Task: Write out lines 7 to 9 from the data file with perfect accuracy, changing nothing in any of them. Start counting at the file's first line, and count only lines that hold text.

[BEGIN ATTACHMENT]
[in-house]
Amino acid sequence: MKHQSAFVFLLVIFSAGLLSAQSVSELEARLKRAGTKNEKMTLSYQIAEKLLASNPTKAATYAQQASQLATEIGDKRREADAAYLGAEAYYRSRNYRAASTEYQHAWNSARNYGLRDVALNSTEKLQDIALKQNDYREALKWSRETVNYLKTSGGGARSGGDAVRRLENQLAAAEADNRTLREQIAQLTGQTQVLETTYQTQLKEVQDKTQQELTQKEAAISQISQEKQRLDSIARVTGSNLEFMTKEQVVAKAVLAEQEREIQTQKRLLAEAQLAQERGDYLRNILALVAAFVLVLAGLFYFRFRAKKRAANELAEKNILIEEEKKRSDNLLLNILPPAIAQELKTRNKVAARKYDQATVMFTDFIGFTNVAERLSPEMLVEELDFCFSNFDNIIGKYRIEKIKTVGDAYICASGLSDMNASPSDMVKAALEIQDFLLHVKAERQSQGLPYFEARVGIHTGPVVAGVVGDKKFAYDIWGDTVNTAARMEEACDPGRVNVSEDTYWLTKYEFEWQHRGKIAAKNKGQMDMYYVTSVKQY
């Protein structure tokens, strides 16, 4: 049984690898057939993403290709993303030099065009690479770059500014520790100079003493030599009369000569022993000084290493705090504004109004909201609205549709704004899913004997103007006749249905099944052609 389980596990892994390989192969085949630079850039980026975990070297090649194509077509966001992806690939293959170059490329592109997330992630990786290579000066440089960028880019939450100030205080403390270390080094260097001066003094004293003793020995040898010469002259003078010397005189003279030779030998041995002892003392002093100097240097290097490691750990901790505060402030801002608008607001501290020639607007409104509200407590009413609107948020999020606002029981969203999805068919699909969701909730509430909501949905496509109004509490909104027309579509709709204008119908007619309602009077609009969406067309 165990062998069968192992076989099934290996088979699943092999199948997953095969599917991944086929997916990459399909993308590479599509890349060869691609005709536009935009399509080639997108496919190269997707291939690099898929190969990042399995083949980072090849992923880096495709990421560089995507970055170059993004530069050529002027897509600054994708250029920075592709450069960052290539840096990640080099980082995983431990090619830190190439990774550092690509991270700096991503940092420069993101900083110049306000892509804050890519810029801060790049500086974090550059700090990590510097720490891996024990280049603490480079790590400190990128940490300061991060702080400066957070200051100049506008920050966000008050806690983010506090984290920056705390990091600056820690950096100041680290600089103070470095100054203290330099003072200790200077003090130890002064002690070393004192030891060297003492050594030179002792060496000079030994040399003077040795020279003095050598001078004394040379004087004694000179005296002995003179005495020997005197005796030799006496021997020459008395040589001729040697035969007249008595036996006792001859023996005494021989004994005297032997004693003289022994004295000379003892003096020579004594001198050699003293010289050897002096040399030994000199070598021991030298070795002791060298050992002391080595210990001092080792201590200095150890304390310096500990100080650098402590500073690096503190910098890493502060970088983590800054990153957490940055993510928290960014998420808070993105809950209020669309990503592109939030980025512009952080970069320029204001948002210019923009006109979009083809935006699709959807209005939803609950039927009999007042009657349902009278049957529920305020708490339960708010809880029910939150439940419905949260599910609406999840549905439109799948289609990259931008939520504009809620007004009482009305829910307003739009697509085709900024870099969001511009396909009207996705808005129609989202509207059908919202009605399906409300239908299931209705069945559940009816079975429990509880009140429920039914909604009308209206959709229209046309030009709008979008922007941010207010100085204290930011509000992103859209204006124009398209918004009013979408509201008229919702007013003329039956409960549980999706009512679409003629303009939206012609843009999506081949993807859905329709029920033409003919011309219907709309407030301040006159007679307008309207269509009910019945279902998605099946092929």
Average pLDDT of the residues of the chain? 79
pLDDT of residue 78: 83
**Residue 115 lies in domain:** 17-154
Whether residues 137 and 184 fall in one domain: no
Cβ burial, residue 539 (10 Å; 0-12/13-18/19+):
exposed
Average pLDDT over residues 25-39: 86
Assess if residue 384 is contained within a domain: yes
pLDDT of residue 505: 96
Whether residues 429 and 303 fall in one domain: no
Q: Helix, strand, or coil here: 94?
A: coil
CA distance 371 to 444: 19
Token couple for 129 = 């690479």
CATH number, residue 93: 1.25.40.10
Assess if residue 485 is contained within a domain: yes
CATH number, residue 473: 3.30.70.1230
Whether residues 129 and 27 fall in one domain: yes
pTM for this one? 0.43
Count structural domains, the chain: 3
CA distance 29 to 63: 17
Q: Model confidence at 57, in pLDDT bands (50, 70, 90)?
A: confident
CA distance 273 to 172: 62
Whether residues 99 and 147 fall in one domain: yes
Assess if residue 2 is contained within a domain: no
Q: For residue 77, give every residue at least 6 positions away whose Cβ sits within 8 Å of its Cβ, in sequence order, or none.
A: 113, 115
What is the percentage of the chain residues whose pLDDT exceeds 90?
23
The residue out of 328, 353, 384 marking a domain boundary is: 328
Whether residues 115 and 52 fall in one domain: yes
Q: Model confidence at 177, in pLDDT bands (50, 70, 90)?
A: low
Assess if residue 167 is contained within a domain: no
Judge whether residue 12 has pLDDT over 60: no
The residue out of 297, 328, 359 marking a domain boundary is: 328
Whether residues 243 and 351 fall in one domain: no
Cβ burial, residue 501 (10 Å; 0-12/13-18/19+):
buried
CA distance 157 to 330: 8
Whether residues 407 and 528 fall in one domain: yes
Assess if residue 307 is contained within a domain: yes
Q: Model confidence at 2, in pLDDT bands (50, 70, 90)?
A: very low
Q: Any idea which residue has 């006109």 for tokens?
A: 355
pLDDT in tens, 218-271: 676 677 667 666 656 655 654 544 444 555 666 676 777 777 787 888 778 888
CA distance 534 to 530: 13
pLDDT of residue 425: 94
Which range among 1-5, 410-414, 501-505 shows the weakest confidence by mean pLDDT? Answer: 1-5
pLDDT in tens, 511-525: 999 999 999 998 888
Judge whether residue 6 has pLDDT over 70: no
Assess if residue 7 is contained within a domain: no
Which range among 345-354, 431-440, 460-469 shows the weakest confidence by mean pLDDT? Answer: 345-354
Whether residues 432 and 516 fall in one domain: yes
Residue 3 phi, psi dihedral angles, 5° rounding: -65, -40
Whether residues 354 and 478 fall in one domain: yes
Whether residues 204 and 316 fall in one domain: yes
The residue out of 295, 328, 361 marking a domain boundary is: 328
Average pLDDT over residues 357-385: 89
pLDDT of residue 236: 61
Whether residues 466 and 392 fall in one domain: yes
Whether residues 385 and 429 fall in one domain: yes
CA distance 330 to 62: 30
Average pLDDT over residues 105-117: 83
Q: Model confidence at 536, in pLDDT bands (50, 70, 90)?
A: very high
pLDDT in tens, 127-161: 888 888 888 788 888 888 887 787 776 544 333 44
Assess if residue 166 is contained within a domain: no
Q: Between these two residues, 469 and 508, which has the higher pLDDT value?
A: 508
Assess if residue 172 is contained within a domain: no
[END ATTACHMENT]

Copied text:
Whether residues 137 and 184 fall in one domain: no
Cβ burial, residue 539 (10 Å; 0-12/13-18/19+):
exposed